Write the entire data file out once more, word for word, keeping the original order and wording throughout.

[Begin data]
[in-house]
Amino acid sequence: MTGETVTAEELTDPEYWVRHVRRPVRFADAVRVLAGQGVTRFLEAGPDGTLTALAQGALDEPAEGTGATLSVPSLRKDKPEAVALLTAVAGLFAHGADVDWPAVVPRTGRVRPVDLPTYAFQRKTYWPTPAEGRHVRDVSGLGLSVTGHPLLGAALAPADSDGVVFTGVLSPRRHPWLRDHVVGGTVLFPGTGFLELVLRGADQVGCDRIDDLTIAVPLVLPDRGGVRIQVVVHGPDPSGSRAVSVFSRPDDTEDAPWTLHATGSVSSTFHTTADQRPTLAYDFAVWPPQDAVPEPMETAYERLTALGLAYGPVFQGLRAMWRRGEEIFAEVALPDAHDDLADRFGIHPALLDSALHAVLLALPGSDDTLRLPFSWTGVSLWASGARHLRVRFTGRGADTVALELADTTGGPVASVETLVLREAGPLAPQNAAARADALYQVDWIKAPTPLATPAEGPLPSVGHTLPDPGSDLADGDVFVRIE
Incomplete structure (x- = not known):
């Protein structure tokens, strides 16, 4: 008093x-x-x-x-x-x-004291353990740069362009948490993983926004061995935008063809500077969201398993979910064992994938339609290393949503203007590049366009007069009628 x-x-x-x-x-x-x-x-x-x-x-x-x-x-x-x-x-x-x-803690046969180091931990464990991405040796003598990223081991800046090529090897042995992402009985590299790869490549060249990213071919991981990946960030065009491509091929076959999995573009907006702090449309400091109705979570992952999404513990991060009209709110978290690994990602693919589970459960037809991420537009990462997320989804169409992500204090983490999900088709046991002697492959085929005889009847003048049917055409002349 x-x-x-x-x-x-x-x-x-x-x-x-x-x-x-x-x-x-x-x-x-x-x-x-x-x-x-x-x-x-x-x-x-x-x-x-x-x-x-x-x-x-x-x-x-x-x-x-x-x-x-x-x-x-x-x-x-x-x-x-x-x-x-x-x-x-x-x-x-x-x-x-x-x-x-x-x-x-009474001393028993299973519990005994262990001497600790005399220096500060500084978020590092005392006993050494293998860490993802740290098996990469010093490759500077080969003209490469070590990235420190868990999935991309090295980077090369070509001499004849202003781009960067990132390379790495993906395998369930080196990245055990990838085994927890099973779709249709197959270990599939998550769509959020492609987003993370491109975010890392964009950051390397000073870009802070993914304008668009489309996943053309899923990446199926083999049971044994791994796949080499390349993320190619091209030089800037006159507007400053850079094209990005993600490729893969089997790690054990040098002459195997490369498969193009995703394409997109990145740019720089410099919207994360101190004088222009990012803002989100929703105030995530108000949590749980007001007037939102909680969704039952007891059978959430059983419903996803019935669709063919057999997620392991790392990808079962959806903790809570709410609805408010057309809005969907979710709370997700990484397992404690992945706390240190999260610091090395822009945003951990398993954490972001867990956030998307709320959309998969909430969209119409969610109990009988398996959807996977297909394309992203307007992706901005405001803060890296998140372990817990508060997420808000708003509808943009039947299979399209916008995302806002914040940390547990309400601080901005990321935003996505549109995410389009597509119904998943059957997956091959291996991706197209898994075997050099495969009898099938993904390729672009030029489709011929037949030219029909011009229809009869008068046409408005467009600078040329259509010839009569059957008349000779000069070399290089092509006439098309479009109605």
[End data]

[in-house]
Amino acid sequence: MTGETVTAEELTDPEYWVRHVRRPVRFADAVRVLAGQGVTRFLEAGPDGTLTALAQGALDEPAEGTGATLSVPSLRKDKPEAVALLTAVAGLFAHGADVDWPAVVPRTGRVRPVDLPTYAFQRKTYWPTPAEGRHVRDVSGLGLSVTGHPLLGAALAPADSDGVVFTGVLSPRRHPWLRDHVVGGTVLFPGTGFLELVLRGADQVGCDRIDDLTIAVPLVLPDRGGVRIQVVVHGPDPSGSRAVSVFSRPDDTEDAPWTLHATGSVSSTFHTTADQRPTLAYDFAVWPPQDAVPEPMETAYERLTALGLAYGPVFQGLRAMWRRGEEIFAEVALPDAHDDLADRFGIHPALLDSALHAVLLALPGSDDTLRLPFSWTGVSLWASGARHLRVRFTGRGADTVALELADTTGGPVASVETLVLREAGPLAPQNAAARADALYQVDWIKAPTPLATPAEGPLPSVGHTLPDPGSDLADGDVFVRIE
Incomplete structure (x- = not known):
């Protein structure tokens, strides 16, 4: 008093x-x-x-x-x-x-004291353990740069362009948490993983926004061995935008063809500077969201398993979910064992994938339609290393949503203007590049366009007069009628 x-x-x-x-x-x-x-x-x-x-x-x-x-x-x-x-x-x-x-803690046969180091931990464990991405040796003598990223081991800046090529090897042995992402009985590299790869490549060249990213071919991981990946960030065009491509091929076959999995573009907006702090449309400091109705979570992952999404513990991060009209709110978290690994990602693919589970459960037809991420537009990462997320989804169409992500204090983490999900088709046991002697492959085929005889009847003048049917055409002349 x-x-x-x-x-x-x-x-x-x-x-x-x-x-x-x-x-x-x-x-x-x-x-x-x-x-x-x-x-x-x-x-x-x-x-x-x-x-x-x-x-x-x-x-x-x-x-x-x-x-x-x-x-x-x-x-x-x-x-x-x-x-x-x-x-x-x-x-x-x-x-x-x-x-x-x-x-x-009474001393028993299973519990005994262990001497600790005399220096500060500084978020590092005392006993050494293998860490993802740290098996990469010093490759500077080969003209490469070590990235420190868990999935991309090295980077090369070509001499004849202003781009960067990132390379790495993906395998369930080196990245055990990838085994927890099973779709249709197959270990599939998550769509959020492609987003993370491109975010890392964009950051390397000073870009802070993914304008668009489309996943053309899923990446199926083999049971044994791994796949080499390349993320190619091209030089800037006159507007400053850079094209990005993600490729893969089997790690054990040098002459195997490369498969193009995703394409997109990145740019720089410099919207994360101190004088222009990012803002989100929703105030995530108000949590749980007001007037939102909680969704039952007891059978959430059983419903996803019935669709063919057999997620392991790392990808079962959806903790809570709410609805408010057309809005969907979710709370997700990484397992404690992945706390240190999260610091090395822009945003951990398993954490972001867990956030998307709320959309998969909430969209119409969610109990009988398996959807996977297909394309992203307007992706901005405001803060890296998140372990817990508060997420808000708003509808943009039947299979399209916008995302806002914040940390547990309400601080901005990321935003996505549109995410389009597509119904998943059957997956091959291996991706197209898994075997050099495969009898099938993904390729672009030029489709011929037949030219029909011009229809009869008068046409408005467009600078040329259509010839009569059957008349000779000069070399290089092509006439098309479009109605």